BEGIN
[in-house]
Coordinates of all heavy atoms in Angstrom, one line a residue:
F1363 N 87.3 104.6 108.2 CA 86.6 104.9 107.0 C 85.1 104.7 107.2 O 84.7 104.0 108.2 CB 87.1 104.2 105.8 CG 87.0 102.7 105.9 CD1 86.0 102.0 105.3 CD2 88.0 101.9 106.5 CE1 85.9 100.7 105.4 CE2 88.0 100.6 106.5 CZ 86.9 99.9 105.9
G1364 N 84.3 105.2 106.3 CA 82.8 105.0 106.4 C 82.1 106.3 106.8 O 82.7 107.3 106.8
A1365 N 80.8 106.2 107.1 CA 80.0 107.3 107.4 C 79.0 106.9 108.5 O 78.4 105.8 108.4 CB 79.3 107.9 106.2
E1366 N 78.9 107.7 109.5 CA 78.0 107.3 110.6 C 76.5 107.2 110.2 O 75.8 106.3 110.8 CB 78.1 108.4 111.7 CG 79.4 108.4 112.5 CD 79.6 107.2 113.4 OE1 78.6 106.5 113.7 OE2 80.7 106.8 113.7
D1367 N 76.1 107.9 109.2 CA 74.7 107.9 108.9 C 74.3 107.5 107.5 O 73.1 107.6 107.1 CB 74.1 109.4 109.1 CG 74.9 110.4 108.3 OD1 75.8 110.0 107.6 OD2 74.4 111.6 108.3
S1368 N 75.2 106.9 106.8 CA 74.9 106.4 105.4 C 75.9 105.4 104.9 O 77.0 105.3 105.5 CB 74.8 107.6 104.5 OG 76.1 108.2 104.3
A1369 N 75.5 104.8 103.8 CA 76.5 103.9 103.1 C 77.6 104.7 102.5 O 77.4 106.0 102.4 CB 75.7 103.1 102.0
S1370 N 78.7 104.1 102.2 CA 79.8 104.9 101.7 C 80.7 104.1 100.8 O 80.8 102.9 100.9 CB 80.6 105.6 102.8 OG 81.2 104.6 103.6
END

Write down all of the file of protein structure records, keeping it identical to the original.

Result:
[in-house]
Coordinates of all heavy atoms in Angstrom, one line a residue:
F1363 N 87.3 104.6 108.2 CA 86.6 104.9 107.0 C 85.1 104.7 107.2 O 84.7 104.0 108.2 CB 87.1 104.2 105.8 CG 87.0 102.7 105.9 CD1 86.0 102.0 105.3 CD2 88.0 101.9 106.5 CE1 85.9 100.7 105.4 CE2 88.0 100.6 106.5 CZ 86.9 99.9 105.9
G1364 N 84.3 105.2 106.3 CA 82.8 105.0 106.4 C 82.1 106.3 106.8 O 82.7 107.3 106.8
A1365 N 80.8 106.2 107.1 CA 80.0 107.3 107.4 C 79.0 106.9 108.5 O 78.4 105.8 108.4 CB 79.3 107.9 106.2
E1366 N 78.9 107.7 109.5 CA 78.0 107.3 110.6 C 76.5 107.2 110.2 O 75.8 106.3 110.8 CB 78.1 108.4 111.7 CG 79.4 108.4 112.5 CD 79.6 107.2 113.4 OE1 78.6 106.5 113.7 OE2 80.7 106.8 113.7
D1367 N 76.1 107.9 109.2 CA 74.7 107.9 108.9 C 74.3 107.5 107.5 O 73.1 107.6 107.1 CB 74.1 109.4 109.1 CG 74.9 110.4 108.3 OD1 75.8 110.0 107.6 OD2 74.4 111.6 108.3
S1368 N 75.2 106.9 106.8 CA 74.9 106.4 105.4 C 75.9 105.4 104.9 O 77.0 105.3 105.5 CB 74.8 107.6 104.5 OG 76.1 108.2 104.3
A1369 N 75.5 104.8 103.8 CA 76.5 103.9 103.1 C 77.6 104.7 102.5 O 77.4 106.0 102.4 CB 75.7 103.1 102.0
S1370 N 78.7 104.1 102.2 CA 79.8 104.9 101.7 C 80.7 104.1 100.8 O 80.8 102.9 100.9 CB 80.6 105.6 102.8 OG 81.2 104.6 103.6